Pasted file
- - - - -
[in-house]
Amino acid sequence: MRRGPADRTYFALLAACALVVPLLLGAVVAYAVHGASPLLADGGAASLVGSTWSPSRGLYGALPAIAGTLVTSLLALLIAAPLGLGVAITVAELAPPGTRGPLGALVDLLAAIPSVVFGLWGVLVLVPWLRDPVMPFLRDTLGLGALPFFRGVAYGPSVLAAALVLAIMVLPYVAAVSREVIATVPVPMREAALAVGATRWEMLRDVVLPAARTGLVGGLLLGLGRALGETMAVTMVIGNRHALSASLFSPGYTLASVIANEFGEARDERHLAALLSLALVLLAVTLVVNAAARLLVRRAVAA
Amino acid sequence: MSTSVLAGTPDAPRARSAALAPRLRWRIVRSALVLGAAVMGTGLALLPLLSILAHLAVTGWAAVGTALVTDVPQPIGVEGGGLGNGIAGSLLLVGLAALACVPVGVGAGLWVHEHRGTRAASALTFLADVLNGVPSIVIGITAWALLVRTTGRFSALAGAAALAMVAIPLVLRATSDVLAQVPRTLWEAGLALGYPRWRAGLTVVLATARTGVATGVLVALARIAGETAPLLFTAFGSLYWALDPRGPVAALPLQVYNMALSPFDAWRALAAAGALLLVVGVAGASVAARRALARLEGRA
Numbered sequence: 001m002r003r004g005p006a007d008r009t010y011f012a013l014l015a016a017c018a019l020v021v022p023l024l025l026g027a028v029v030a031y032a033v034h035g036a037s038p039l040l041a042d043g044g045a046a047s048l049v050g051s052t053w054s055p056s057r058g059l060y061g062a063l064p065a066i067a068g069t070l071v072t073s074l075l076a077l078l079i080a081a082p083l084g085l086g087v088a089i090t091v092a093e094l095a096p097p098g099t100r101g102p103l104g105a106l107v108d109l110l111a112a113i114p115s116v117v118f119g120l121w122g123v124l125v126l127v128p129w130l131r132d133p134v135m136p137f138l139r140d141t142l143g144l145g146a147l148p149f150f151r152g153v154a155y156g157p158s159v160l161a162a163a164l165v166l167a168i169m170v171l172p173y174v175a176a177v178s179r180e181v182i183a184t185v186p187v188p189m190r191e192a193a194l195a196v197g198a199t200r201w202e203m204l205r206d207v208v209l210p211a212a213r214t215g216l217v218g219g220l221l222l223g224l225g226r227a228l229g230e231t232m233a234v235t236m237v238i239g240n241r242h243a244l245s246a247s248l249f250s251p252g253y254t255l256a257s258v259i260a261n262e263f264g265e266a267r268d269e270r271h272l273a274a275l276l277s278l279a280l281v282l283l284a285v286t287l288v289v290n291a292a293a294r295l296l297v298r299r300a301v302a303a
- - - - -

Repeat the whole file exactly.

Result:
[in-house]
Amino acid sequence: MRRGPADRTYFALLAACALVVPLLLGAVVAYAVHGASPLLADGGAASLVGSTWSPSRGLYGALPAIAGTLVTSLLALLIAAPLGLGVAITVAELAPPGTRGPLGALVDLLAAIPSVVFGLWGVLVLVPWLRDPVMPFLRDTLGLGALPFFRGVAYGPSVLAAALVLAIMVLPYVAAVSREVIATVPVPMREAALAVGATRWEMLRDVVLPAARTGLVGGLLLGLGRALGETMAVTMVIGNRHALSASLFSPGYTLASVIANEFGEARDERHLAALLSLALVLLAVTLVVNAAARLLVRRAVAA
Amino acid sequence: MSTSVLAGTPDAPRARSAALAPRLRWRIVRSALVLGAAVMGTGLALLPLLSILAHLAVTGWAAVGTALVTDVPQPIGVEGGGLGNGIAGSLLLVGLAALACVPVGVGAGLWVHEHRGTRAASALTFLADVLNGVPSIVIGITAWALLVRTTGRFSALAGAAALAMVAIPLVLRATSDVLAQVPRTLWEAGLALGYPRWRAGLTVVLATARTGVATGVLVALARIAGETAPLLFTAFGSLYWALDPRGPVAALPLQVYNMALSPFDAWRALAAAGALLLVVGVAGASVAARRALARLEGRA
Numbered sequence: 001m002r003r004g005p006a007d008r009t010y011f012a013l014l015a016a017c018a019l020v021v022p023l024l025l026g027a028v029v030a031y032a033v034h035g036a037s038p039l040l041a042d043g044g045a046a047s048l049v050g051s052t053w054s055p056s057r058g059l060y061g062a063l064p065a066i067a068g069t070l071v072t073s074l075l076a077l078l079i080a081a082p083l084g085l086g087v088a089i090t091v092a093e094l095a096p097p098g099t100r101g102p103l104g105a106l107v108d109l110l111a112a113i114p115s116v117v118f119g120l121w122g123v124l125v126l127v128p129w130l131r132d133p134v135m136p137f138l139r140d141t142l143g144l145g146a147l148p149f150f151r152g153v154a155y156g157p158s159v160l161a162a163a164l165v166l167a168i169m170v171l172p173y174v175a176a177v178s179r180e181v182i183a184t185v186p187v188p189m190r191e192a193a194l195a196v197g198a199t200r201w202e203m204l205r206d207v208v209l210p211a212a213r214t215g216l217v218g219g220l221l222l223g224l225g226r227a228l229g230e231t232m233a234v235t236m237v238i239g240n241r242h243a244l245s246a247s248l249f250s251p252g253y254t255l256a257s258v259i260a261n262e263f264g265e266a267r268d269e270r271h272l273a274a275l276l277s278l279a280l281v282l283l284a285v286t287l288v289v290n291a292a293a294r295l296l297v298r299r300a301v302a303a